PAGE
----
There appears to be a new player in the game that is Texas Rideshare. They claim to be the “evolution of rideshare”. They even claim that the driver keeps 100% of what the rider pays. Sound too good to be true?
The driver must pay a “small” subscription fee of $55 a month. As a 5-year part-time rideshare driver, I can honestly say this is a small fee, even for part-time drivers and this really shouldn’t break the bank. For many drivers, this leads us to believe this is a scam like Vibe Rides. A key difference between Vibe Rides and Wridz is the fact that Wridz has not let their license with the Texas Department of Licensing & Regulation lapse (as shown in the screenshot below). That to me is a relief. Let’s also remember, Vibe Rides was more of a MLM. Wridz is far from that given, you pay $55 no matter what.
The subscription model should not be a turn off though. Why? Because you pay $55, no matter how many rides you get. If you go back through your last 5 rides on Uber or Lyft, and you look at what the rider paid out of pocket vs. what you received, you will see that $55 is met fairly quickly.
The good things about Wridz?
– The subscription model for starters. Paying a flat rate upfront is going to lead to more earnings.
– Daily background checks on drivers. – This is awesome because you get the bad drivers off as soon as they are caught. Not sure how they are pulling this one off as they can be costly, but I am sure they actually do it. This sounds like it is more of a monitoring system, rather than a full background check, but nonetheless, it is better than what others have.
– In-person interviews with your car, with drug testing. – I am not sure how in-depth these interviews are, considering we are not going to be employees and that can be open them up for discrimination lawsuits, but meeting someone allows those “creepy driver” feelings to come out before they start to creep out riders. I can’t tell you how many riders have had drivers that gave off a “creep” vibe. Background checks are good, but they only work if that person was caught.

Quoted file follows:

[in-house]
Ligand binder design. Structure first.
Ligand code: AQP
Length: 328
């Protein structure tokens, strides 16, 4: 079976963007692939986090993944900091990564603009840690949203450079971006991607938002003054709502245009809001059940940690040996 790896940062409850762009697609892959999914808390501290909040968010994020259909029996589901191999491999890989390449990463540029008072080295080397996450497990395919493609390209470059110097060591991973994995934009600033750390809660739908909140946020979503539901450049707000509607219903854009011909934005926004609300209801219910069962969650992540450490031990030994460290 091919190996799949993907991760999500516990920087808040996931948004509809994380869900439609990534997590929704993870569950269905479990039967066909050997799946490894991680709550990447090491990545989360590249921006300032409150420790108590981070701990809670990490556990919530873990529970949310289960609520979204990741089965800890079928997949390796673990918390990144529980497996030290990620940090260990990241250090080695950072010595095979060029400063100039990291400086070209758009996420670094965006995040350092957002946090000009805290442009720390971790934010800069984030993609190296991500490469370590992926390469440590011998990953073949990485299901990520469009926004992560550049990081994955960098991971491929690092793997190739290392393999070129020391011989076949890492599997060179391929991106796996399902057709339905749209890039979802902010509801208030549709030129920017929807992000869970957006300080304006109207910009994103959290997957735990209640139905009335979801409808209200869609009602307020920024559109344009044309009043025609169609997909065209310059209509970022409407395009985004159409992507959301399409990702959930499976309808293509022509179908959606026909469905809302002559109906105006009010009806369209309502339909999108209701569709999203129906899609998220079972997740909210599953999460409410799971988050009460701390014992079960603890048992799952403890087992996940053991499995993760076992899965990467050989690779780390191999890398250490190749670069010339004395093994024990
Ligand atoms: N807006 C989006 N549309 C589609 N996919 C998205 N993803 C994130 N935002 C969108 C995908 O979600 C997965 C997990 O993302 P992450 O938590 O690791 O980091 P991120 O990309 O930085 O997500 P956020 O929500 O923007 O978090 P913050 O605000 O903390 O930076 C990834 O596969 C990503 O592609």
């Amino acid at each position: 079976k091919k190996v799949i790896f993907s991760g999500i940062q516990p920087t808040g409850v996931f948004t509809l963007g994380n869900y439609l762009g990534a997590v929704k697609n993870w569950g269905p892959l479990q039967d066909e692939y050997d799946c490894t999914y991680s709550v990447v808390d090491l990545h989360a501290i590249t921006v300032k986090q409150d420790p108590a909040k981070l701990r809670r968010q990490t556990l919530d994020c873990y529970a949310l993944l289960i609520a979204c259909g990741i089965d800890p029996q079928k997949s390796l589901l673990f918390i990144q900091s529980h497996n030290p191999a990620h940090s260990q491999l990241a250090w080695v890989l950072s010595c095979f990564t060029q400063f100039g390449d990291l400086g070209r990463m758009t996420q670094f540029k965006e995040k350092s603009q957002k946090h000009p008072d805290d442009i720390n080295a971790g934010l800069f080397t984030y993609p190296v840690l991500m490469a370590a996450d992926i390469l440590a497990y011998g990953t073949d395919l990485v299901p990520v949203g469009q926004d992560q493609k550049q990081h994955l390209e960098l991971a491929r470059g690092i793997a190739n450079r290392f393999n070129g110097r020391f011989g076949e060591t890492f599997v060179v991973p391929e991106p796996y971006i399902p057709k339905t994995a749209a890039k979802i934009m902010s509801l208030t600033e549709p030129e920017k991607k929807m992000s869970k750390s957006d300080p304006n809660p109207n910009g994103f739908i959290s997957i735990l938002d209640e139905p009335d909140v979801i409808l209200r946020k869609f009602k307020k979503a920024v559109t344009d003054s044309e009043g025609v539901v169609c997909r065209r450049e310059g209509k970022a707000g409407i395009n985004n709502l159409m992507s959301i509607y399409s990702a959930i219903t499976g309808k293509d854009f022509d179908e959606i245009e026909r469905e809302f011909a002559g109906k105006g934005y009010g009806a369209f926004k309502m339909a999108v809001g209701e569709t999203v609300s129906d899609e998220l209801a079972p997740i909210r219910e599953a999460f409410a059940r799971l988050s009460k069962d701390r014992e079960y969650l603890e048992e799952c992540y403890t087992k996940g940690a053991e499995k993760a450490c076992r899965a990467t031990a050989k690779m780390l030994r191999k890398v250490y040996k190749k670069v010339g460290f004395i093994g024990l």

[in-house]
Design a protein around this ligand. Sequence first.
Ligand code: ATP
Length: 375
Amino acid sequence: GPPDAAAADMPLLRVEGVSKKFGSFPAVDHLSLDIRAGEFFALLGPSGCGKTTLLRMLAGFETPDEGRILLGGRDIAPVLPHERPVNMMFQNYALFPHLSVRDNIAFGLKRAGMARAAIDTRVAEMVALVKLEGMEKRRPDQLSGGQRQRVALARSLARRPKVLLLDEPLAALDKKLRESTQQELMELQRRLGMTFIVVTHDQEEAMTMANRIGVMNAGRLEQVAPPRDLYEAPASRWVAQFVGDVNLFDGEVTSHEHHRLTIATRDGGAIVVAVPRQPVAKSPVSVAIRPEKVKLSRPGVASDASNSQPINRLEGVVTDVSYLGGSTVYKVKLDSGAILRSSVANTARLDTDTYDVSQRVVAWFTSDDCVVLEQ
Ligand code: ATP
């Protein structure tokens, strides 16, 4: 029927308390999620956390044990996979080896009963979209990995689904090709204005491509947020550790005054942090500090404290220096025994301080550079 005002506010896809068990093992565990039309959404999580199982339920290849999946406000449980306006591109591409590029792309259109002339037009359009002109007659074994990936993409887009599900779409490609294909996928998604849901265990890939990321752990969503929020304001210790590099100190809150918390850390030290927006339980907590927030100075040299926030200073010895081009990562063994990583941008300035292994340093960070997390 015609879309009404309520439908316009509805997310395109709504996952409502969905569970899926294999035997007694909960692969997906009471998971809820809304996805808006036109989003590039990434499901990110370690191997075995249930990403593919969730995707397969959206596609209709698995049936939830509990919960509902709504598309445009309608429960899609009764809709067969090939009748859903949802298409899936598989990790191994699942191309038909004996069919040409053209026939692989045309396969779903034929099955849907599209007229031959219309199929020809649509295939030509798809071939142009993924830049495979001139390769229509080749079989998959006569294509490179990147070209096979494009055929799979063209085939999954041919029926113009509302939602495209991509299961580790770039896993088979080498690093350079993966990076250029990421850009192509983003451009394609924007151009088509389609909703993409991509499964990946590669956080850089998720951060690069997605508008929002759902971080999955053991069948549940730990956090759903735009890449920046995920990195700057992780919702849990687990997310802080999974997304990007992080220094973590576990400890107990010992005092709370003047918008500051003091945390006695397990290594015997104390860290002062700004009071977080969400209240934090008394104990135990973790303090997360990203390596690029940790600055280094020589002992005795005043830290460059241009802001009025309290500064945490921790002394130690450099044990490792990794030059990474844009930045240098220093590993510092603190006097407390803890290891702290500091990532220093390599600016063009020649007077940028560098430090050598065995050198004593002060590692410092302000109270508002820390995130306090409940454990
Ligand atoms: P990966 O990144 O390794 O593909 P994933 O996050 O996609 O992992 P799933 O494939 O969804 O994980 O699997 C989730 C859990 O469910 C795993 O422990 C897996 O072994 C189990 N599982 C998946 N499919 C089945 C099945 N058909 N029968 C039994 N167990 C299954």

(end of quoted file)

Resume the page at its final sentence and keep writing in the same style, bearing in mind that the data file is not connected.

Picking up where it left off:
The car inspection is a must. A couple weeks back I took a Uber, and the seats were stained beyond repair. It puzzled me as to why this driver didn’t try and cover it with something as simple as a seat cover. Inspecting vehicles will lead to a better ride experience for the rider which will make them come back.
What concerns me about Wridz?
– 10% lower rates compared with the competition. – I get it. You need riders to try it out and what better way than to make it cheaper right? After all, this is the main reason why Uber and Lyft were able to enter the Austin market again after being on nearly a year’s hiatus as they fought the TNC law tooth and nail. Having higher prices and paying drivers better sadly led to half a dozen companies shutting their doors.
Yes, I understand as a driver I will still get paid more because drivers keep 100% of the earnings. That is not the issue.
The problem is, Uber and Lyft have no problem lowering their prices by 10%. We have seen it time and time again. My suggestion? Match their prices, but keep it a flat rate no matter what. i.e. no surging. The problem here as you know will be a lack of drivers for Wridz after a large event or that 2 am bar surge. This one is a bit trickier of a problem at first, but if Wridz gains popularity, drivers will not see many pings on Uber and Lyft in times of high demand. They will log back into Wridz eventually because guess what? If Wridz never surges, the only way riders pay for Uber or Lyft surge prices is if they are in a rush. Trust me, they will wait. (Of course, let’s not forget how riders complained of wait times when Uber and Lyft left Austin.)
Wridz – if you are seeing this – I beg you not to lower the base fares for the drivers sake. Uber and Lyft will eventually go into a pricing war against Wridz.
Anyhow, if you wanted to skip over all of that to find out if Wridz is a scam, it is not. In fact, it is a franchise. Similar to McDonald’s, you can open up your own region. Now, we just need someone to bring it to Houston. Currently, Wridz is based in Austin, operates in Corpus Christi and Lubbock.